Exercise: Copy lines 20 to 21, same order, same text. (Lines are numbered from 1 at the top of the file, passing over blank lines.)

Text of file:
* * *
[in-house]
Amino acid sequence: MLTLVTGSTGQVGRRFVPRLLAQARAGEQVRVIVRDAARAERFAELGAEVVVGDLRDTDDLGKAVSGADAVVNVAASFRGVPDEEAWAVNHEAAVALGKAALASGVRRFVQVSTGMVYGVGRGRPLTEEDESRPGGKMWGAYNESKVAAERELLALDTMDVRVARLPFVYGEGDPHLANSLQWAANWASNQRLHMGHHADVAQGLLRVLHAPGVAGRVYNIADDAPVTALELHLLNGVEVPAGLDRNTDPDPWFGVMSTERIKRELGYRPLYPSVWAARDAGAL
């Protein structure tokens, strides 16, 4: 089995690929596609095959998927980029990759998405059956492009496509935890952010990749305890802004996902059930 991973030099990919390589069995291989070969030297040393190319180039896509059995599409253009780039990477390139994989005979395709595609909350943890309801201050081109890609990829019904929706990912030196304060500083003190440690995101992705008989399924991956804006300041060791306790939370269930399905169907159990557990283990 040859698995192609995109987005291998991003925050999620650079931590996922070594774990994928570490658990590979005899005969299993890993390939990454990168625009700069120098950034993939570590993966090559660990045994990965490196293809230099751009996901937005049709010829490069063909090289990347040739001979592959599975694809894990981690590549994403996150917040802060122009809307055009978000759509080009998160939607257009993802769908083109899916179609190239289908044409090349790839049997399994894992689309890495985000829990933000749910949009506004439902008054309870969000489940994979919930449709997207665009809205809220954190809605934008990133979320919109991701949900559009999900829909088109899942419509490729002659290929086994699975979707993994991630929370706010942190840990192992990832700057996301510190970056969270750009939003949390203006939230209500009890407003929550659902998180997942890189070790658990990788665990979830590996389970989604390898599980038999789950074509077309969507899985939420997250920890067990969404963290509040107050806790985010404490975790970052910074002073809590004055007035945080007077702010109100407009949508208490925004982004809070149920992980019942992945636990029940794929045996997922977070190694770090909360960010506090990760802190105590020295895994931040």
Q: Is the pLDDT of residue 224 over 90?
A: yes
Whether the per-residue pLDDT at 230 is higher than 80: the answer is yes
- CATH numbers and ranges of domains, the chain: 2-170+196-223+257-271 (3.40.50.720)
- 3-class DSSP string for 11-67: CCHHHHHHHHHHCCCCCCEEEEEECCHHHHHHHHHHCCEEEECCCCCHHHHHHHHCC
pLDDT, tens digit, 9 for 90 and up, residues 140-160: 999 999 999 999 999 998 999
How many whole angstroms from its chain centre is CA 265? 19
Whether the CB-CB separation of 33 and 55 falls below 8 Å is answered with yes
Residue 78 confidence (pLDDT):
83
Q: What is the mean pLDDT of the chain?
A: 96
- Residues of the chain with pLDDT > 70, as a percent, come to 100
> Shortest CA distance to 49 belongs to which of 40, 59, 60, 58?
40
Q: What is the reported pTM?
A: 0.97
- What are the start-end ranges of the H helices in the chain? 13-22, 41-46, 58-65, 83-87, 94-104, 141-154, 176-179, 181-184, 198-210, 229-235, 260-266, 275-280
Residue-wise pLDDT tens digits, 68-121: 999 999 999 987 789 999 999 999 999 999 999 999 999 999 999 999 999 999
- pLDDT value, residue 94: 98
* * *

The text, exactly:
A: 0.97
- What are the start-end ranges of the H helices in the chain? 13-22, 41-46, 58-65, 83-87, 94-104, 141-154, 176-179, 181-184, 198-210, 229-235, 260-266, 275-280